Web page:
The phpMyAdmin team was notified of the issue by the Tencent Security Response Center, and they immediately put up a warning for its users. Then they proceeded to alert the team at SourceForge, who mounted an investigation into the matter.
"On September 25th, SourceForge became aware of a corrupted copy of phpMyAdmin being served from the ‘cdnetworks-kr-1′ mirror in Korea. This mirror was immediately removed from rotation," Rich Bowen, the Community Growth Hacker at SourceForge, confirmed on the site's blog.
"The mirror provider has confirmed the attack vector has been identified and is limited to their mirror; with exploit having occurred on or around September 22nd."
The file - phpMyAdmin-18.104.22.168-all-languages.zip - was modified to include a backdoor that allowed attackers to remotely execute PHP code on the server running the malicious version of phpMyAdmin.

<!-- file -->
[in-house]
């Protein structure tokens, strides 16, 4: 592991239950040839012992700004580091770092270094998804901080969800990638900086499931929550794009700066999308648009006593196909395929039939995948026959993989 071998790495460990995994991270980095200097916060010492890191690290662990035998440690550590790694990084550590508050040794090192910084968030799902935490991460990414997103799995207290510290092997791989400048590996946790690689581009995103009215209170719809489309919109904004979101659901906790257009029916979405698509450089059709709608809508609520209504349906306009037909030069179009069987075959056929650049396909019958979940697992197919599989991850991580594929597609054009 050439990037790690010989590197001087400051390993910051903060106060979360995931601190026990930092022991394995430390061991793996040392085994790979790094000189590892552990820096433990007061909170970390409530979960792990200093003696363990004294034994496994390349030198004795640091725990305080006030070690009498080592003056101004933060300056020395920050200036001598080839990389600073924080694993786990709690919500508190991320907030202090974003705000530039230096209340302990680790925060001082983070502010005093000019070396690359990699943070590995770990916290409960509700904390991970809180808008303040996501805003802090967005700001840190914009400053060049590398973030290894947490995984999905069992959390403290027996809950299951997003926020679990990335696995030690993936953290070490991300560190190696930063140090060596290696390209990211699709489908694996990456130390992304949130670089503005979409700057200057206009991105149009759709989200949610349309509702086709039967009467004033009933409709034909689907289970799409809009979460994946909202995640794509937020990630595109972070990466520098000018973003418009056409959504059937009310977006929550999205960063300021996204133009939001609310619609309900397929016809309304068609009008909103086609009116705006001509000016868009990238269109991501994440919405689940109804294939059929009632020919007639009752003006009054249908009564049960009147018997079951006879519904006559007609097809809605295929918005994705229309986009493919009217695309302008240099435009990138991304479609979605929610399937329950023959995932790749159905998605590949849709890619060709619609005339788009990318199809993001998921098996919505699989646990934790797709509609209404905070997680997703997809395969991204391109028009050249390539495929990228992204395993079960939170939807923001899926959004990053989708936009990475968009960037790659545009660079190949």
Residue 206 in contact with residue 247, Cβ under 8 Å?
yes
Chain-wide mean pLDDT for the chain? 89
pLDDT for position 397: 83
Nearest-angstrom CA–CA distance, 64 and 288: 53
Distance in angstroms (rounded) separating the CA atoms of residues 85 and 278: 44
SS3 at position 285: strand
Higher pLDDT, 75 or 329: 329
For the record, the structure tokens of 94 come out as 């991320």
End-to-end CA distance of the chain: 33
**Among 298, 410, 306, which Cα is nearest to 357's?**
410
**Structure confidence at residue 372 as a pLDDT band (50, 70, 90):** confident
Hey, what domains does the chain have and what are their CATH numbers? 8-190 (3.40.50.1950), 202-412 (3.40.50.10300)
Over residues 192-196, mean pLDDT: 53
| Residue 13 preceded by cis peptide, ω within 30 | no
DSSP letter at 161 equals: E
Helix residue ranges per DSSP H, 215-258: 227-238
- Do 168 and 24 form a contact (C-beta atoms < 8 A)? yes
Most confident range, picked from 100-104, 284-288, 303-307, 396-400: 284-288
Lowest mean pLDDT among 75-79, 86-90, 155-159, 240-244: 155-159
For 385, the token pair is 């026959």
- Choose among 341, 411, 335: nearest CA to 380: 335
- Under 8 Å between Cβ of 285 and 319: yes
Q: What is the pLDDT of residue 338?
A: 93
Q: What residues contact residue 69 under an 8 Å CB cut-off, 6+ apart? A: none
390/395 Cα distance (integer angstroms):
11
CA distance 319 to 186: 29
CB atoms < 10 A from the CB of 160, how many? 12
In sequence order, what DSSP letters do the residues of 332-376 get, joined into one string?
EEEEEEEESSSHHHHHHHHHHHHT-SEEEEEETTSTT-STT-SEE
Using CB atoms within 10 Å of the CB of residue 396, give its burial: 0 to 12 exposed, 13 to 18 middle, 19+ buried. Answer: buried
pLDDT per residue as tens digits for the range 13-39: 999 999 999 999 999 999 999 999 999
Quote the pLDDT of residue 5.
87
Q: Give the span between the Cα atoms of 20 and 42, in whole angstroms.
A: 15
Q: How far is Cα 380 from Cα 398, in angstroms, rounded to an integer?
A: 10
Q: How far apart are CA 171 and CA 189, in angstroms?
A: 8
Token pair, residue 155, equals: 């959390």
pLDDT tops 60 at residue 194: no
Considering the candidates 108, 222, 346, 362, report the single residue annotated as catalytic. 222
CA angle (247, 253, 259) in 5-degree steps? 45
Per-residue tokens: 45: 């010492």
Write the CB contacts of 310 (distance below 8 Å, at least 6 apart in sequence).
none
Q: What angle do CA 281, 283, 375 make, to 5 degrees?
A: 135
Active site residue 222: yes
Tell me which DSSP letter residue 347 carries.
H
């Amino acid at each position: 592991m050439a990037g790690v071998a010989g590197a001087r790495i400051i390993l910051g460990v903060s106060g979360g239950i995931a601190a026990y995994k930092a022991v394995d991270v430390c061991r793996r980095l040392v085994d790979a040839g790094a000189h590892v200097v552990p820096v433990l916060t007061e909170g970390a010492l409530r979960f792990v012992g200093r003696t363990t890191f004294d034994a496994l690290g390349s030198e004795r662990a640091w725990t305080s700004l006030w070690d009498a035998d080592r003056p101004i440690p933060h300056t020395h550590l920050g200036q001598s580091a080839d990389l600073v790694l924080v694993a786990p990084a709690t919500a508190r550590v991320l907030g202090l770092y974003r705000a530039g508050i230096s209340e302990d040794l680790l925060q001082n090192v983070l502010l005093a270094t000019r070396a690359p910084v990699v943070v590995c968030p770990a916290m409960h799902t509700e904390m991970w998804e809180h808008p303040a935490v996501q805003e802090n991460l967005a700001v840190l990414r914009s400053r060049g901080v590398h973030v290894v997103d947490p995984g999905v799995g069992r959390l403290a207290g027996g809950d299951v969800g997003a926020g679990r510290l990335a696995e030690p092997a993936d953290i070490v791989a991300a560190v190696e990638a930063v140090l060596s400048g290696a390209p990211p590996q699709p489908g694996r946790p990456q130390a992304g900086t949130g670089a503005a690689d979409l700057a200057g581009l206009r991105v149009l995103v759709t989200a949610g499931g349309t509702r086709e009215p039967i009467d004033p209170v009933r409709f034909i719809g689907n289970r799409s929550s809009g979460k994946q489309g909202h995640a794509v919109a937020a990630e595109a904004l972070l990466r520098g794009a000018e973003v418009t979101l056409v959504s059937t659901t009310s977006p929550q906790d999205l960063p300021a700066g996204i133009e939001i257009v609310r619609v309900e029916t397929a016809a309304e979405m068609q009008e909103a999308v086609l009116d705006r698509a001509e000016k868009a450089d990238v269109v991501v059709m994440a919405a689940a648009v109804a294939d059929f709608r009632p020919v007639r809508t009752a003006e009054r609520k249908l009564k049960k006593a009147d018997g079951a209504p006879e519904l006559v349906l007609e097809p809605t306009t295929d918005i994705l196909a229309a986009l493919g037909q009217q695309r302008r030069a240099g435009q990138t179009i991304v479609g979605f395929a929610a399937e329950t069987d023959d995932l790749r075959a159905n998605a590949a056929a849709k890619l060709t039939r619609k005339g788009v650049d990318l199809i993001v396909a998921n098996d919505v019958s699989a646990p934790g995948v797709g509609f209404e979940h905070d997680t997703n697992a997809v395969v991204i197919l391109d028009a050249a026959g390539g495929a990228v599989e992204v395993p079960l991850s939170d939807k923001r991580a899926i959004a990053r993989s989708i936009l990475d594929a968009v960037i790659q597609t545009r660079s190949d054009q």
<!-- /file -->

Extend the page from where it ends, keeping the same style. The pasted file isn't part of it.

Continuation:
According to their logs, some 400 users downloaded the corrupted file, and those who could be tracked down via those logs were immediately alerted.
"Downloaders are at risk only if a corrupt copy of this software was obtained, installed on a server, and serving was enabled. Examination of web logs and other server data should help confirm whether this backdoor was accessed," Bowen instructs.
"It is our recommendation that downloaders of this corrupted file (which contains ‘server_sync.php’) assess risk and take action as they deem appropriate, including deletion of the corrupted file and downloading a fresh copy."
At the time being, it seems that only that one file was corrupted, but the investigation continues.